KID CONGO: I like James Dean, an obvious choice. I like Vincent Price...Let's see...I like all those cheesy blondes like Marilyn Monroe and Jayne Mansfield. Mamie Van Doren I like a lot!

NICK KNOX: I like those blonde actresses too. And I like Clint Eastwood because he's so cool. The way he handles a gun: "I got five bullets in this…Do you feel lucky?". The way he kills all the bad and the ugly. That's what I want to do, kill all the bad and the ugly.

LUX INTERIOR: I always have an impossible time picking a favourite because I don't like actors or actresses too much. I like things that get completed without any stars or things like that...

Note: Dates and production details have been given where possible, but some of these films were doomed to obscurity. The only remaining copies are probably rotting away in the store rooms of Southern drive-ins where they once got a week-long feature run before making way for a Budd Boetticher western or a re-run of Invasion Of The Bodysnatchers.

Mother's Day (1980)
Directed by Charles Kaufman
Starring Nancy Hendrickson and Deborah Luce

KID: It's one of the new wave of cheap horror films that are making the rounds in America. It's sort of like The Texas Chainsaw Massacre, but more up-to-date. It's about this mother and her two sons, Ike and Adlai. There's these three college buddy girls who go on a fraternity hike. They're heading off into the mountains and all the townspeople are saying: "oh... You don't wanna go up there. It's not safe!" and so on, and of course they ignore them, as stupid college girls would do, and of course Ike and Adlai get hold of them and terrorise them. Ike and Adlai have the best house in the world. I would die to live in this house. It's completely covered in graffiti, inside and out. Great words like 'Bread' and 'Milk'... all this really good stuff on the walls. They eat their food out of garbage pails – dog food and rice crispies and stuff. It's too cheap for anybody to put their name to it, but I think it was made in New Jersey. Anyway, I haven't got to the good part yet. One of the girls gets killed, and then the other girls get their own back. They get Ike and put Draino down his throat and then smash his head through the TV set, and then Adlai gets an axe in the crotch. It all looks like a home movie, and the dialogue is great, so funny.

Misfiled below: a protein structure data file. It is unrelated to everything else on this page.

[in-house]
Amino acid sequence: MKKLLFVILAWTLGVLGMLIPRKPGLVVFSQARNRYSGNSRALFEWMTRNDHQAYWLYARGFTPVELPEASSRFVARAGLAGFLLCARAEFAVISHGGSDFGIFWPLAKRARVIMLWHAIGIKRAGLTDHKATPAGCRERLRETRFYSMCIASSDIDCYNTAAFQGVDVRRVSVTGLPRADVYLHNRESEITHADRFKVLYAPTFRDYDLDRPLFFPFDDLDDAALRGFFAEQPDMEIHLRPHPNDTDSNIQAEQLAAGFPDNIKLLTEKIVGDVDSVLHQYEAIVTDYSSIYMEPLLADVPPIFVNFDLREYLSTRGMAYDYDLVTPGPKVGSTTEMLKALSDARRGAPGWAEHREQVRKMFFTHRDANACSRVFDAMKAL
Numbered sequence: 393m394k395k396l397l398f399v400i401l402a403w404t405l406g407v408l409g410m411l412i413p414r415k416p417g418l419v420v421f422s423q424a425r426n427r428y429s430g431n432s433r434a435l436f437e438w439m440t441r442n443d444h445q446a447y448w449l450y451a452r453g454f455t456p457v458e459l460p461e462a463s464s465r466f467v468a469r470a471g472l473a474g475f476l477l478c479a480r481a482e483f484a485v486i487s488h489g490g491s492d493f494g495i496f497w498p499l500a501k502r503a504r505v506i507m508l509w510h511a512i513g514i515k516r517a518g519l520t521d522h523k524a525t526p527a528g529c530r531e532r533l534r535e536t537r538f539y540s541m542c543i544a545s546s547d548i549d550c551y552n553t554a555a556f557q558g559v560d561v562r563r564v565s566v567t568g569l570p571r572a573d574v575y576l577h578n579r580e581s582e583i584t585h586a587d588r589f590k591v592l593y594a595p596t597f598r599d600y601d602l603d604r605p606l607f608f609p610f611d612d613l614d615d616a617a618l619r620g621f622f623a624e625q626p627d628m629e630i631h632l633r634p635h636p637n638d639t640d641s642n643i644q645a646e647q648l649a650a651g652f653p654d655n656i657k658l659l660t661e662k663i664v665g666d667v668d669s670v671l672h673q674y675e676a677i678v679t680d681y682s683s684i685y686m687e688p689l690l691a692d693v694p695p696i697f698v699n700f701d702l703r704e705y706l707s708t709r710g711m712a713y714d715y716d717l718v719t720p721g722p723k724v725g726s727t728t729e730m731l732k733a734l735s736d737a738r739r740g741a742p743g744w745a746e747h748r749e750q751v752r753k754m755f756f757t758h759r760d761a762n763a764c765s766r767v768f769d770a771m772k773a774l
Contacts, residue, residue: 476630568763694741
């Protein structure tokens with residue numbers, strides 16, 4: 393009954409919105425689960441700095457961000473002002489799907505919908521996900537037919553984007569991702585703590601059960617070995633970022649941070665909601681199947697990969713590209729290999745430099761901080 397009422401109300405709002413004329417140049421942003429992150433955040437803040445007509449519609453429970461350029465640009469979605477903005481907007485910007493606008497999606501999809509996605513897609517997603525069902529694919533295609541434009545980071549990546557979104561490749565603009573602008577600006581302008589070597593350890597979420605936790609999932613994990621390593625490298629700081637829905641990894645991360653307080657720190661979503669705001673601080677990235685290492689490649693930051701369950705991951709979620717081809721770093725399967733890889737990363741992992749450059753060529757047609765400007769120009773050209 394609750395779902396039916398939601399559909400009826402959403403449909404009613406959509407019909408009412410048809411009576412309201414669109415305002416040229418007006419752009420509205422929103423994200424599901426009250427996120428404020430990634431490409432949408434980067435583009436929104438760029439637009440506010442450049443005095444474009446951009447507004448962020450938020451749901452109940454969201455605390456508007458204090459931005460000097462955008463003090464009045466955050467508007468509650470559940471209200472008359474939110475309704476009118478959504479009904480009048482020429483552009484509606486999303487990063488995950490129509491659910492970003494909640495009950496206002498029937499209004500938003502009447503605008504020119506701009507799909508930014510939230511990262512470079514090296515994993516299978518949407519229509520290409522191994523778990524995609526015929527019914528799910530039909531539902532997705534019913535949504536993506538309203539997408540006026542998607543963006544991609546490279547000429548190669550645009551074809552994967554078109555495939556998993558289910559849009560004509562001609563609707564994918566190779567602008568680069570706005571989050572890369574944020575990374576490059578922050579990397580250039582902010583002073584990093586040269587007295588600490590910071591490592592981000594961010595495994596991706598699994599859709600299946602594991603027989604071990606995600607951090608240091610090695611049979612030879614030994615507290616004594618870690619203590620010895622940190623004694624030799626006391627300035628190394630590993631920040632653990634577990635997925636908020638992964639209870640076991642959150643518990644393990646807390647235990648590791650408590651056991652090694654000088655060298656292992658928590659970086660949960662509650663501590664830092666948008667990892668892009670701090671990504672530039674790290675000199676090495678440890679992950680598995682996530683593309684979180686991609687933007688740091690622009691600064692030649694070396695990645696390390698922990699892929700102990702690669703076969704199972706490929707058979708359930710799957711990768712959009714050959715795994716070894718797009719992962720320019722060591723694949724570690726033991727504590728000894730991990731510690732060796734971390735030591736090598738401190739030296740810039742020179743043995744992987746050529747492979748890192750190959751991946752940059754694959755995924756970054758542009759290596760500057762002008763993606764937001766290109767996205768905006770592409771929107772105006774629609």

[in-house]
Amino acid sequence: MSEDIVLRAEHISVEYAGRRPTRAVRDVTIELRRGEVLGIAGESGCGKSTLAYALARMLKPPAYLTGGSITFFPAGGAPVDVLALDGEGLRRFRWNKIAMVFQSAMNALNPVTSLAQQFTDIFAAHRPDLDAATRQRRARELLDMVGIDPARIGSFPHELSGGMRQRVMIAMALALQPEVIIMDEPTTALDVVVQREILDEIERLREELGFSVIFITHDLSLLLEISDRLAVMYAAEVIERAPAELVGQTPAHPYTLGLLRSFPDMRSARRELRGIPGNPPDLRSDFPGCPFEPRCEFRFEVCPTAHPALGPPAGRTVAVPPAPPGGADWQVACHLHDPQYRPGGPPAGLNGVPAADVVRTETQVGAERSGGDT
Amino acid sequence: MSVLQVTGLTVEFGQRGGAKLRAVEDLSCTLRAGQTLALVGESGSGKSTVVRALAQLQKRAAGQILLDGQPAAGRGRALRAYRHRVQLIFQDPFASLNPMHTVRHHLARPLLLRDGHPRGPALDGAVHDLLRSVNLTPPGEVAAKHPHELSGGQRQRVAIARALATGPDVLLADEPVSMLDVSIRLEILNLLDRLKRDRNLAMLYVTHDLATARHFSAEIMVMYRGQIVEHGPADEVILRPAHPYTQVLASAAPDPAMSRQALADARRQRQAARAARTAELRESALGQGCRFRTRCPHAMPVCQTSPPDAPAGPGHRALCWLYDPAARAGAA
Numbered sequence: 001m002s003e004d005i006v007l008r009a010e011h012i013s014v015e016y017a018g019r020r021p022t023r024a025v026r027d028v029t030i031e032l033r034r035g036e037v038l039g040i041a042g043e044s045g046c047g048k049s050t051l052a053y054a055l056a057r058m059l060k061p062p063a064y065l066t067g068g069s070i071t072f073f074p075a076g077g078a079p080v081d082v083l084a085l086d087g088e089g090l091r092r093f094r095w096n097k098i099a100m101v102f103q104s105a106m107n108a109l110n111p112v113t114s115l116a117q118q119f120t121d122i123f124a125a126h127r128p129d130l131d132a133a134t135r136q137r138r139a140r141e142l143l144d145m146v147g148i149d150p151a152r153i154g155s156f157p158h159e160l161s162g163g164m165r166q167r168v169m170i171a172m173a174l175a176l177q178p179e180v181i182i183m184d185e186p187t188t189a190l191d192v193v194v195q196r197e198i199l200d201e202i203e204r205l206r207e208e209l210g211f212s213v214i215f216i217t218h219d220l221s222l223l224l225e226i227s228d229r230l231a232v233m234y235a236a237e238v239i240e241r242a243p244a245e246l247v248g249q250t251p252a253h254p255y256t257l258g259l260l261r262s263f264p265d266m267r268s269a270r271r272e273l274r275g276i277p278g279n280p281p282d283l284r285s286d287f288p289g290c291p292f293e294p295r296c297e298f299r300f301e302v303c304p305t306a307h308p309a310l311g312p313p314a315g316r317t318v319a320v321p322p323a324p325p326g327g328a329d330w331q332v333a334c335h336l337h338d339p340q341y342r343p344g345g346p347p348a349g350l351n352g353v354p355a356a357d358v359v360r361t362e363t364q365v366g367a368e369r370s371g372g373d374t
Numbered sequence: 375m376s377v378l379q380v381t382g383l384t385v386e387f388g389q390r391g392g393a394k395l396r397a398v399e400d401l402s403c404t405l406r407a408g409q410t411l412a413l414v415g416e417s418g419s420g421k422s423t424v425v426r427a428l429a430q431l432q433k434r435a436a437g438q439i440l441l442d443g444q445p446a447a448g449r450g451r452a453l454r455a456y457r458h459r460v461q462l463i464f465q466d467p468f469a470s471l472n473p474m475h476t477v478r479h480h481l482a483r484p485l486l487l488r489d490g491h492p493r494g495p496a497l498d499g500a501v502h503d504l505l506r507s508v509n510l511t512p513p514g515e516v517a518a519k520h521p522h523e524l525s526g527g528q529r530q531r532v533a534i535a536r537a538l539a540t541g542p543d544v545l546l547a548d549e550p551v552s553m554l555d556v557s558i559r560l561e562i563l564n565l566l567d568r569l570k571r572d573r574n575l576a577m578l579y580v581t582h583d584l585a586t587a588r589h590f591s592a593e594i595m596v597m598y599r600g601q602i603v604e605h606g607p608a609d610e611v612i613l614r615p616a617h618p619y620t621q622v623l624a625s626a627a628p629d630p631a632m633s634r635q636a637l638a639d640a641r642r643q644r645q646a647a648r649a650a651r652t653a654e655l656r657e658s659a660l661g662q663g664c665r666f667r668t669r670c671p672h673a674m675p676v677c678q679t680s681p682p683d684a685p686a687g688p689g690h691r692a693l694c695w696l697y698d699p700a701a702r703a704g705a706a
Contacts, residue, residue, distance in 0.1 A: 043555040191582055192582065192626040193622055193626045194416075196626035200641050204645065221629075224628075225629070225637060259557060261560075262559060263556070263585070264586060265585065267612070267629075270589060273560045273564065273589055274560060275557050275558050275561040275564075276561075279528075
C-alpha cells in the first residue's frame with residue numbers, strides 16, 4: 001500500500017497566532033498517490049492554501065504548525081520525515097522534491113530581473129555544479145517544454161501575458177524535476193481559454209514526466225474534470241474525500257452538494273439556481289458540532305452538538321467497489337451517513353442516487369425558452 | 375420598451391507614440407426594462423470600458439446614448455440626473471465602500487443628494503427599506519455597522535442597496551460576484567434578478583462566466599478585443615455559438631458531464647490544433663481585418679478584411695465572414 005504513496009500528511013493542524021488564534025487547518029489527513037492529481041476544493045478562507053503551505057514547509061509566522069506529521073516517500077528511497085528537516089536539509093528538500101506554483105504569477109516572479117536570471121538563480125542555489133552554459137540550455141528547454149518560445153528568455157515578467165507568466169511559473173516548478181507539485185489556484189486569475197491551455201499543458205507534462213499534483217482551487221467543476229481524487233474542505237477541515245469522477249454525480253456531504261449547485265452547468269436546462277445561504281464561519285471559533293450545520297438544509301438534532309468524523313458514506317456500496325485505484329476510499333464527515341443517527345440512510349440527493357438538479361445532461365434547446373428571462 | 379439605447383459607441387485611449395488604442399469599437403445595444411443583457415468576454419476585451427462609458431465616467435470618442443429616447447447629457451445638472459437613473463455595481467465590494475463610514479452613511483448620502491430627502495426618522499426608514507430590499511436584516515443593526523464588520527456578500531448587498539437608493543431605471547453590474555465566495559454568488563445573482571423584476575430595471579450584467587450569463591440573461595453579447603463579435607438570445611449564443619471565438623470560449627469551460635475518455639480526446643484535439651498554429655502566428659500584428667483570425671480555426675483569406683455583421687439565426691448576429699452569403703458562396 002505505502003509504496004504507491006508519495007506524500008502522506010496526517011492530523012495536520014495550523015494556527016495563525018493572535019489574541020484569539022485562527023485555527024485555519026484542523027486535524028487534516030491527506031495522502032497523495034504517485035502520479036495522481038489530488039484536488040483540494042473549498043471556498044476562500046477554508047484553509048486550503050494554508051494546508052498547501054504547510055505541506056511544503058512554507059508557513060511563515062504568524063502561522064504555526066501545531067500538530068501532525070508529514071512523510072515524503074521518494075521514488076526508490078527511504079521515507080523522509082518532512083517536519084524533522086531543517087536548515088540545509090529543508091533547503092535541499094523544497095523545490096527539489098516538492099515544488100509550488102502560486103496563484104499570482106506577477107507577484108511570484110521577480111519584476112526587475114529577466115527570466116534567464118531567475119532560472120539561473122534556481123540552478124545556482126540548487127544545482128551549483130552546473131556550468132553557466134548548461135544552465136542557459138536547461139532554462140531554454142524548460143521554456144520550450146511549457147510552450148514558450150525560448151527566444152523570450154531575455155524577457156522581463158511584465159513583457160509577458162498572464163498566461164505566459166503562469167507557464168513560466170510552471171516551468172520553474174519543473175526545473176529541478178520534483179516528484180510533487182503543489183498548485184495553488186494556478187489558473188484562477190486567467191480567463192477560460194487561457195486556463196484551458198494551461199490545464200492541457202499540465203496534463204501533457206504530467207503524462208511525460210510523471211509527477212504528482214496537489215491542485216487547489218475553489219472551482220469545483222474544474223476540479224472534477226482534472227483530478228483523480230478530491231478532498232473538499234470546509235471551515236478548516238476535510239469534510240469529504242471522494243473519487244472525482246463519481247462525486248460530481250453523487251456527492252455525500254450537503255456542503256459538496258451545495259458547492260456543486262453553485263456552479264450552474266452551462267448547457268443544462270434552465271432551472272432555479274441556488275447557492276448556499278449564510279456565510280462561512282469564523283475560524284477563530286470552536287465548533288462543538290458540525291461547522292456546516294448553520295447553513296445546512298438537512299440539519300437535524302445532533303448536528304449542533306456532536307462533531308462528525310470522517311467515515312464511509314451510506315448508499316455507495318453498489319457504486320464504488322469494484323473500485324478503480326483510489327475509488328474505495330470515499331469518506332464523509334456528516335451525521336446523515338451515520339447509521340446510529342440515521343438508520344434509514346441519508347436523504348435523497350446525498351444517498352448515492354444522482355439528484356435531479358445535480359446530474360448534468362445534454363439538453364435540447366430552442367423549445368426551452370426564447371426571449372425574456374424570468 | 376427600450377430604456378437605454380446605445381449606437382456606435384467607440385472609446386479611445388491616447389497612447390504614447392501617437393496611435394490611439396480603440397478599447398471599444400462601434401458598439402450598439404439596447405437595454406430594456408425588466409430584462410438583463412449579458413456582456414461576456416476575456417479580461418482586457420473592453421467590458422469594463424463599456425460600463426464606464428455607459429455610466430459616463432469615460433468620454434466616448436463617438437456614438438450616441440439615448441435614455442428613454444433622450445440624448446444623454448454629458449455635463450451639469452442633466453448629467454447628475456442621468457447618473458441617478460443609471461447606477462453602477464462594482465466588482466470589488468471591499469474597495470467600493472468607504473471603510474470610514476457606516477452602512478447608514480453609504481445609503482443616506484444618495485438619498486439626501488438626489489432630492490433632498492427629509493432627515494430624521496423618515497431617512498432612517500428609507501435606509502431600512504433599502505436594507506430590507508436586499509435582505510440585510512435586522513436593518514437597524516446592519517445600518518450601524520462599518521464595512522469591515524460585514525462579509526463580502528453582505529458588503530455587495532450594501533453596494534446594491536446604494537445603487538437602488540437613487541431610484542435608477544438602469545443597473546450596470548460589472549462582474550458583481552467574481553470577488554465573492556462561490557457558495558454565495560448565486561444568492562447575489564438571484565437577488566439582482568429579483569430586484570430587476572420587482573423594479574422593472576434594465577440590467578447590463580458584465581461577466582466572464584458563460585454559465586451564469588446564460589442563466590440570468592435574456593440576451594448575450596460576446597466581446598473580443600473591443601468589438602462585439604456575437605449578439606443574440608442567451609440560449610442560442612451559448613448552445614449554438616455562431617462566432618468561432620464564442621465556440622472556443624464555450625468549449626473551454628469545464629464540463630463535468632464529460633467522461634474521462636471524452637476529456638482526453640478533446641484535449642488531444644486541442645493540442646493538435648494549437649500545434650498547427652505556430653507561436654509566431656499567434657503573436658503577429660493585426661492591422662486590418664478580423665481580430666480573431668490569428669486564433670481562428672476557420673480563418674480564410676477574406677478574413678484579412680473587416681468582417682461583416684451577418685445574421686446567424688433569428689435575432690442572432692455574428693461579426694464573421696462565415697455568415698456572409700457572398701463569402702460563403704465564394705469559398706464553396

IVY: It's called Mother's Day because the two guys are both murderous assholes but they're absolutely terrified of their mother. All through the film the mother is saying: "Don't go out in the woods, boys, because Queenie's out there! "Queenie's supposed to be some sort of bogeywoman, but the two guys think there's no such things as a bogeywoman. Then after the girls have killed the family and you think it's all over, this thing called Queenie arrives, and that's the end of the film. There was a real epidemic of these horror movies just made by amateurs. None of them ever gets a feature run. They get shown in bills of three movies and it only costs two dollars to get in. A lot of them are just miserable but that was a good one.

Ship of Zombies (1972)